Photo of the deer on its release day. (Supplied by the MARS Wildlife Rescue Centre)
A deer that was being kept as a pet on Vancouver Island is now back in the wild.
In mid-August, B.C. conservation officers along with the RCMP rescued the animal from a home in Cumberland.
It was taken to the MARS Wildlife Rescue Centre in Merville, and was among the 14 young bucks that were released by the centre last week.
MARS manager of wildlife rehabilitation, Gylaine Andersen, said it took a while to get the deer conditioned to the wild.
“He was definitely a little bit habituated initially,” Andersen said. “So we decided the best course of action was to get him into one of the pens with our other deer so that he could have some normal interactions with other animals of the same species,” she explained.
Andersen added that once the deer was put into a pen with the others, it did very well.
“We didn’t have to recapture him, he was just hanging out with the other deer, and eating the natural foods that we offer, and we didn’t have to bottle feed him, which was good because we could limit our interaction with him.”
She said that while it was being kept at the Cumberland home, the deer was being bottle-fed and fed “a lot of inappropriate food for a deer” including watermelon, and different types of fruit.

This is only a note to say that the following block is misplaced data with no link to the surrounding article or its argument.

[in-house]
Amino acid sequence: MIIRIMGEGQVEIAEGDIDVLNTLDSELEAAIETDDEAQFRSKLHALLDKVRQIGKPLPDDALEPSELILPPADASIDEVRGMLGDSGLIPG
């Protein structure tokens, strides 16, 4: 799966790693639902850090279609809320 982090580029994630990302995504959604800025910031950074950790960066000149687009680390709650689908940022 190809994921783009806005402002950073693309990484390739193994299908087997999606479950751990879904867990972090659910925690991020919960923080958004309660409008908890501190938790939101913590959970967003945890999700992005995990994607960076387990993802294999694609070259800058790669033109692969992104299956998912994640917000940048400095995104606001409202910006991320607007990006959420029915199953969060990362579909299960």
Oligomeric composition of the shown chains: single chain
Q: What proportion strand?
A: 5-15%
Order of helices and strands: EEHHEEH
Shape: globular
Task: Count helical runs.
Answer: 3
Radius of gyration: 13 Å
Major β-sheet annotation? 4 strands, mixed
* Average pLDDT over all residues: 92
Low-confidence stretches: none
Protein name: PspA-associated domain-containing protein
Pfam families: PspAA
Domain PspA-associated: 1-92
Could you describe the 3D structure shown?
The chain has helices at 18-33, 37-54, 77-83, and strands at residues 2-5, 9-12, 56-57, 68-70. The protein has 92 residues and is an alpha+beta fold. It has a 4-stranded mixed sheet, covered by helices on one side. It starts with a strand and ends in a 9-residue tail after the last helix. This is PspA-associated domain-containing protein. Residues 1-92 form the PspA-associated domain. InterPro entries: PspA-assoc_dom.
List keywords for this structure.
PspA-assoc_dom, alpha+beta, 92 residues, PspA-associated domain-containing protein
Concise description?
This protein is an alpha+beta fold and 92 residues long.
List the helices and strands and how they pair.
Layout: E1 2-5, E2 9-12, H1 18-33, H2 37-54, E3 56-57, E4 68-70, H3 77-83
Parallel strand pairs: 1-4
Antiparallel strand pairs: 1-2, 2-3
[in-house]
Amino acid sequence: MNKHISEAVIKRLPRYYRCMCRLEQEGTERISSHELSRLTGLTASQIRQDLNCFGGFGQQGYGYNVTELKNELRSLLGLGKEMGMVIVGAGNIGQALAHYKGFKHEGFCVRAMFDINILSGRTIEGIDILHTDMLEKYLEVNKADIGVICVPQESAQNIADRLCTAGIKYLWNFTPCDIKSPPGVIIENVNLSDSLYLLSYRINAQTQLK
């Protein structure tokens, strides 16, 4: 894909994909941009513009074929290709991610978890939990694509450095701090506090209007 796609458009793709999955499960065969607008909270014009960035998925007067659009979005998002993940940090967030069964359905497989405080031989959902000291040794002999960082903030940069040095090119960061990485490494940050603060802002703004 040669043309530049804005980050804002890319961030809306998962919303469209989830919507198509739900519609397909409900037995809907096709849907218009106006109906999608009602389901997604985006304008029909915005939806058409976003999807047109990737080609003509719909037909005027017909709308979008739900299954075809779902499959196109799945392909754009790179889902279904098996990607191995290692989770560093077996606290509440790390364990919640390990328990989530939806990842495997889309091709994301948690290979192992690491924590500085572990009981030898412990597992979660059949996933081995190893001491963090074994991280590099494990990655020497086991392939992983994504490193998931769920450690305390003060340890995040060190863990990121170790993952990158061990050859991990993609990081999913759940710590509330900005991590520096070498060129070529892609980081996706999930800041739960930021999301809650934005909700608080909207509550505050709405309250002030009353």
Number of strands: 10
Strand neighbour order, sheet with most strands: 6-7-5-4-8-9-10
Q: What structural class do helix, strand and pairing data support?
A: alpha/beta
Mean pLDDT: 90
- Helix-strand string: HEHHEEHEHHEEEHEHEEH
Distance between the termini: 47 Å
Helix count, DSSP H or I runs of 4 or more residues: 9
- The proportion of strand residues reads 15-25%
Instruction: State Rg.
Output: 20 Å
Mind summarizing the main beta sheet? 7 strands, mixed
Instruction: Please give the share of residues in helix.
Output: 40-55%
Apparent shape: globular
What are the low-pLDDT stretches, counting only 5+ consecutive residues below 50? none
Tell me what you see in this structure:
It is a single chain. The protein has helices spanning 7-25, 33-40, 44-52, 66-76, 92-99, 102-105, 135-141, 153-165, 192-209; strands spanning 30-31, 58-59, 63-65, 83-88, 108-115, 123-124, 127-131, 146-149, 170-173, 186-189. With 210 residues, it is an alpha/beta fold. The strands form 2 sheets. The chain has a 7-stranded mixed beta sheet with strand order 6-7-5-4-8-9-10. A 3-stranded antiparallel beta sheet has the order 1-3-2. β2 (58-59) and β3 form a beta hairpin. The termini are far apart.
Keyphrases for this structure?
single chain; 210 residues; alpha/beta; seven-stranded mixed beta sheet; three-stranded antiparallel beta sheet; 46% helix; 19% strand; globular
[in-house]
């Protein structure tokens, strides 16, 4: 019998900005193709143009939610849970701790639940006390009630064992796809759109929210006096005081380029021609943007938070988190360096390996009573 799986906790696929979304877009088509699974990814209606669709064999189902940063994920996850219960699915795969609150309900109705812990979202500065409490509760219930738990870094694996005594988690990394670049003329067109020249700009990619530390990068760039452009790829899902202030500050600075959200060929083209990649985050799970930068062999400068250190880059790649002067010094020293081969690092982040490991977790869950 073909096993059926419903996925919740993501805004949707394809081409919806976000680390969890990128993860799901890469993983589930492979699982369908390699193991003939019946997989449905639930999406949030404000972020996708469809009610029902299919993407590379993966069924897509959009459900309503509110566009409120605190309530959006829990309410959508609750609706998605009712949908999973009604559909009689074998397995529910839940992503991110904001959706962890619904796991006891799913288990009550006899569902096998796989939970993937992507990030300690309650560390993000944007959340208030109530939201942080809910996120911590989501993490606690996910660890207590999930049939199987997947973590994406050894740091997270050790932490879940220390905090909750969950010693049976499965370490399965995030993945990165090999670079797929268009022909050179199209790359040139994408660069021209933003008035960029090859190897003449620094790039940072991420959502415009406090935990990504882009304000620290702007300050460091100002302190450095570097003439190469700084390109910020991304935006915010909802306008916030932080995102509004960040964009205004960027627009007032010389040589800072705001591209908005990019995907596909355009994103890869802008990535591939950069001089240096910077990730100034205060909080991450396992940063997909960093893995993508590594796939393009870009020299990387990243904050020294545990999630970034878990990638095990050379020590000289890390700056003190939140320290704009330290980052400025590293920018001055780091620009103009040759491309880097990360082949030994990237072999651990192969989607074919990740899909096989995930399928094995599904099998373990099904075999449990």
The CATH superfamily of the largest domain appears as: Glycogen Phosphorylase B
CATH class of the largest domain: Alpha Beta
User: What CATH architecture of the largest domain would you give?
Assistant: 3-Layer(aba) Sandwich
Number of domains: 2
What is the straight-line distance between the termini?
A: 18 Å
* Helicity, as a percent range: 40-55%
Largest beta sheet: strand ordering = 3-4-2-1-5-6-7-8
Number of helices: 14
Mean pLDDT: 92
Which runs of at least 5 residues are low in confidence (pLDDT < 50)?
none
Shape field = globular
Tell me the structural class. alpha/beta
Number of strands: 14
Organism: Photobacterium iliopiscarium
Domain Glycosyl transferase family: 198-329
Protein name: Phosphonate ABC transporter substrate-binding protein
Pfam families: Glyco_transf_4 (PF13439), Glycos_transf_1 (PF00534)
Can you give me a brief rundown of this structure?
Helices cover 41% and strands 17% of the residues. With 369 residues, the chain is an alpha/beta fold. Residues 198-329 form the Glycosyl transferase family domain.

Andersen said they tried to be as hands-off as possible with the deer so there wasn’t any further risk of habituation.
The deer that are cared for at MARS are usually between one and three weeks old and are often released in October when they are five to six months old.
The most common reason for admission is because their mom has been hit by a car and killed.
They are released in groups where they were originally found, Andersen explained.
Volunteers spent countless hours feeding and cleaning the fawns until they were ready to go back into nature.
“The deer, when they leave here, they’re no longer relying on us for bottle feeding, they’re eating all the natural vegetation we can offer, and they looked very strong and healthy and quite plump this year, so it was a good year for the fawns,” Andersen said.
Meanwhile, the person who kept the deer was charged with unlawful possession of live wildlife and ticketed $345 under the Wildlife Act.
The BC Conservation Officer Service is reminding everyone to leave wildlife alone.
If you think a fawn may be abandoned, you’re asked to call the #RAPP line at 1-877-952-7277.